Tuesday, January 22, 2013

Every Blade of Grass

I received another email from the New Jersey Conservation Foundation, this time an invitation to an exhibit of photographs by Richard Speedy, celebrating the Pine Barrens.  It was illustrated with the picture at the top.  Enhancing the color of natural scenery seems to be a photographic craze lately, and I began to wonder if it is a deliberate effort, or at least an unconscious attempt, to disguise the fact that everything in reality looks more and more, horrible and dead.
The Pine Barrens is a perfect example of the widespread delusion that environmental “regulation” has been a success.  Despite massive denial, that region was particularly vulnerable to the acid rain that drenched the east coast for decades.  The soils and streams were decimated and have not recovered, and now of course the trees, like everywhere else, are in accelerated dieback from ozone pollution.  The controversy over the acidification of the Pine Barrens was described at length in an earlier post, the last time I got a message from NJCF - in Call Back Summertime - so I won't go over it again.  Here's the invitation:

The Pine Barrens:  A Legacy of Preservation
Photographs by Richard Speedy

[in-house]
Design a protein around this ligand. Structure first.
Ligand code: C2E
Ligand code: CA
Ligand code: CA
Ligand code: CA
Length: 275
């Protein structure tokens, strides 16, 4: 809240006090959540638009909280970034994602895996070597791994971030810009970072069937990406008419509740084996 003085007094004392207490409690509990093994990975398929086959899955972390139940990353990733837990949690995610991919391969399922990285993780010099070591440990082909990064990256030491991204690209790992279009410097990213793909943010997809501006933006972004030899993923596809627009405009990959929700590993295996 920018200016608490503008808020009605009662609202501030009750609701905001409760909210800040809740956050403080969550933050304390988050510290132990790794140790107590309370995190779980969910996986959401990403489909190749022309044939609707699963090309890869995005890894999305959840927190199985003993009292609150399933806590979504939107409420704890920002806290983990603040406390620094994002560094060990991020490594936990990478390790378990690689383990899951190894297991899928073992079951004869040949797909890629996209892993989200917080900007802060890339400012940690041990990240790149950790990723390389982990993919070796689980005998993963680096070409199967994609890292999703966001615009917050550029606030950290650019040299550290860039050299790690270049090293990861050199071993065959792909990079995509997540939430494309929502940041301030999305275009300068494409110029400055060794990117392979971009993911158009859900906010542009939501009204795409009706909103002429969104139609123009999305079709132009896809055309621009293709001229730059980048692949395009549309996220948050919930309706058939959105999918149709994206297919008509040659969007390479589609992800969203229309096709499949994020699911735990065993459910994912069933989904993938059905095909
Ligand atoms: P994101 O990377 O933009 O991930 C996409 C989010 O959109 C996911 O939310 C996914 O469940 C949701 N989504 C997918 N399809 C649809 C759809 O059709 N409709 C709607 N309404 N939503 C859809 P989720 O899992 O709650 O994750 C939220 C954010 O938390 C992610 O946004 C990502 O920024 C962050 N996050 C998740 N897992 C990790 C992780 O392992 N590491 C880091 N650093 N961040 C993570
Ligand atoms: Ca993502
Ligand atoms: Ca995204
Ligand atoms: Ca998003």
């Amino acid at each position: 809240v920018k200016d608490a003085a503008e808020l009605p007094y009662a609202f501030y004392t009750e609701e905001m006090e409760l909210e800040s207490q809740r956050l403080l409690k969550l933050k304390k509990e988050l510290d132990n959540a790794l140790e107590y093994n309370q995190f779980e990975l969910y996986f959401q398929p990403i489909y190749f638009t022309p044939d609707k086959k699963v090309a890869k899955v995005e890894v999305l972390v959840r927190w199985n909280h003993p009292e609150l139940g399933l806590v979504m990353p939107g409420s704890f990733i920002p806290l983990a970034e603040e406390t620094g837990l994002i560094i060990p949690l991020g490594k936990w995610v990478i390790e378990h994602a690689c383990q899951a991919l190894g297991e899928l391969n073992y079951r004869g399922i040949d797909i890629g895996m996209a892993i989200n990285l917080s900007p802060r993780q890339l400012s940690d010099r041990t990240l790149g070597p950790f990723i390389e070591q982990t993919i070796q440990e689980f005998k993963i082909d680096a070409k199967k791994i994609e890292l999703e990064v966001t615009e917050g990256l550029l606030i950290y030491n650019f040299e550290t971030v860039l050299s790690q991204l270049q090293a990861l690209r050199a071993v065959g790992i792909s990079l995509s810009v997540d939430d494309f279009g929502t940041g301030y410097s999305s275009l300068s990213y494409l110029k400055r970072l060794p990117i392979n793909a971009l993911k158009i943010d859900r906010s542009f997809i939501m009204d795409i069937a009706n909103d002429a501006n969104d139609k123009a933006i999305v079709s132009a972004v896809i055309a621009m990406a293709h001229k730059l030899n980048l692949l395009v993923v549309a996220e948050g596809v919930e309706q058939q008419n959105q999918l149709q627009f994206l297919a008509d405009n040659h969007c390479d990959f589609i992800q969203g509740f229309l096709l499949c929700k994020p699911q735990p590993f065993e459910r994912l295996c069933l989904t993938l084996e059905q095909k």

January 25 through April 14, 2013
Morven Museum & Garden
55 Stockton Street
Princeton, NJ

Thursday, Jan. 24, 5:30 - 7:30 p.m.
Free and open to the public!

“Featuring the photographs of Princeton native Richard Speedy, this exhibition co-sponsored by the New Jersey Conservation Foundation captures the incredible beauty of the New Jersey Pine Barrens.  The show explores the history of the Pine Barrens' preservation and former Governor (and Morven resident) Brendan Byrne's role in saving this unique natural resource, as well as the ongoing conservation efforts of groups like New Jersey Conservation Foundation and the Pinelands Preservation Alliance.”
The Pine Barrens: The Past, the Politics and the Future
Sunday, March 3, 2 p.m.
Princeton University's McCosh 50, lecture hall

       “A conversation with Governor Brendan Byrne, ‘The Pine Barrens’ author John McPhee, Michele S. Byers of New Jersey Conservation Foundation, Carleton Montgomery of the Pinelands Preservation Alliance, and others. Hosted by NJTV's Michael Aron. For more information, visit the Morven Museum and Garden webpage.
I wonder if they're going to talk about the rapid decline of tree health in the Pine Barrens (I somehow doubt it).  I went to Richard Speedy's online gallery to see what his pictures might reveal.
They are very beautiful, and at first when I came across this quote I thought it likely he doesn't realize the extent of the damage depicted in his own pictures:

Every blade of grass has its
angel that bends over it and
whispers, “Grow, Grow.”

~ The Talmud

Saturated colors mask the corroded bark and spindly growth.
As I clicked through though, I started to suspect that he must be well aware of the decay.
The first hint was in a series of photos he took of Yellowstone with shockingly stark skeletal trunks, like those in the scene below.  My suspicion turned into a certainty when I found the following passage in a tragic set of still-lives titled “Remains”:

Our world is changing. The complex web of life on earth, what scientists